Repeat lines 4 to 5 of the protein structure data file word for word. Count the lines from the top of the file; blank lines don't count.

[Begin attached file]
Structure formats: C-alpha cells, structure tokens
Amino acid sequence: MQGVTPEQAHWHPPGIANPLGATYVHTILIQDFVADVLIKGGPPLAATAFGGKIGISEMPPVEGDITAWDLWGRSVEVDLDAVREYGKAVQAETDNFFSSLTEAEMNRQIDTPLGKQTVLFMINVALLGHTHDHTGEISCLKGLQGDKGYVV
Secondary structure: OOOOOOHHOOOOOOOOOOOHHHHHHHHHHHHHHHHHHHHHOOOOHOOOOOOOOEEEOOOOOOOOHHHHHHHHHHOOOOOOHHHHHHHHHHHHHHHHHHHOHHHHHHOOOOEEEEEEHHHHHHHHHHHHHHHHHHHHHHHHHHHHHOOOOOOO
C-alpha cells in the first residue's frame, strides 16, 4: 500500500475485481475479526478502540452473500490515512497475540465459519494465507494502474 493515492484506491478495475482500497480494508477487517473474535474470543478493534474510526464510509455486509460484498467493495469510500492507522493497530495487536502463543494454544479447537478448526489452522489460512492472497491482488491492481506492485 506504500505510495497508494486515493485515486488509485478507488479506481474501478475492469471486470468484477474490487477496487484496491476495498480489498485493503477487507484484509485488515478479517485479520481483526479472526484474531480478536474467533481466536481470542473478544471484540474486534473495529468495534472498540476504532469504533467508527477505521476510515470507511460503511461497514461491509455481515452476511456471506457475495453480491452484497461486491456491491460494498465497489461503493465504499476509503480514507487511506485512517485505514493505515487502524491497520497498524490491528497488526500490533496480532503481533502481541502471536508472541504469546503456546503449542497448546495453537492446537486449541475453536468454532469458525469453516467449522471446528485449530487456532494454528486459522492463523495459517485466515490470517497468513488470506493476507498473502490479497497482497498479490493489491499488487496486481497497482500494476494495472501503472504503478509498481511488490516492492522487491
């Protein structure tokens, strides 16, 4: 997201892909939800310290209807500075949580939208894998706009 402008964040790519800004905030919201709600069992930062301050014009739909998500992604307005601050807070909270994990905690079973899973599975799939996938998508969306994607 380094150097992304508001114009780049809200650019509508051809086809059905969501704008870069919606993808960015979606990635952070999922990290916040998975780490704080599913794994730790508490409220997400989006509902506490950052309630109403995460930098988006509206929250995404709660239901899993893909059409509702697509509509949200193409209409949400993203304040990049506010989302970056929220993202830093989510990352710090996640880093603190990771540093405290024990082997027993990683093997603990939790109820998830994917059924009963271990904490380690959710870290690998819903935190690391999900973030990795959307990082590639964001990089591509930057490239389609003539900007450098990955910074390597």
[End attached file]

C-alpha cells in the first residue's frame, strides 16, 4: 500500500475485481475479526478502540452473500490515512497475540465459519494465507494502474 493515492484506491478495475482500497480494508477487517473474535474470543478493534474510526464510509455486509460484498467493495469510500492507522493497530495487536502463543494454544479447537478448526489452522489460512492472497491482488491492481506492485 506504500505510495497508494486515493485515486488509485478507488479506481474501478475492469471486470468484477474490487477496487484496491476495498480489498485493503477487507484484509485488515478479517485479520481483526479472526484474531480478536474467533481466536481470542473478544471484540474486534473495529468495534472498540476504532469504533467508527477505521476510515470507511460503511461497514461491509455481515452476511456471506457475495453480491452484497461486491456491491460494498465497489461503493465504499476509503480514507487511506485512517485505514493505515487502524491497520497498524490491528497488526500490533496480532503481533502481541502471536508472541504469546503456546503449542497448546495453537492446537486449541475453536468454532469458525469453516467449522471446528485449530487456532494454528486459522492463523495459517485466515490470517497468513488470506493476507498473502490479497497482497498479490493489491499488487496486481497497482500494476494495472501503472504503478509498481511488490516492492522487491
């Protein structure tokens, strides 16, 4: 997201892909939800310290209807500075949580939208894998706009 402008964040790519800004905030919201709600069992930062301050014009739909998500992604307005601050807070909270994990905690079973899973599975799939996938998508969306994607 380094150097992304508001114009780049809200650019509508051809086809059905969501704008870069919606993808960015979606990635952070999922990290916040998975780490704080599913794994730790508490409220997400989006509902506490950052309630109403995460930098988006509206929250995404709660239901899993893909059409509702697509509509949200193409209409949400993203304040990049506010989302970056929220993202830093989510990352710090996640880093603190990771540093405290024990082997027993990683093997603990939790109820998830994917059924009963271990904490380690959710870290690998819903935190690391999900973030990795959307990082590639964001990089591509930057490239389609003539900007450098990955910074390597």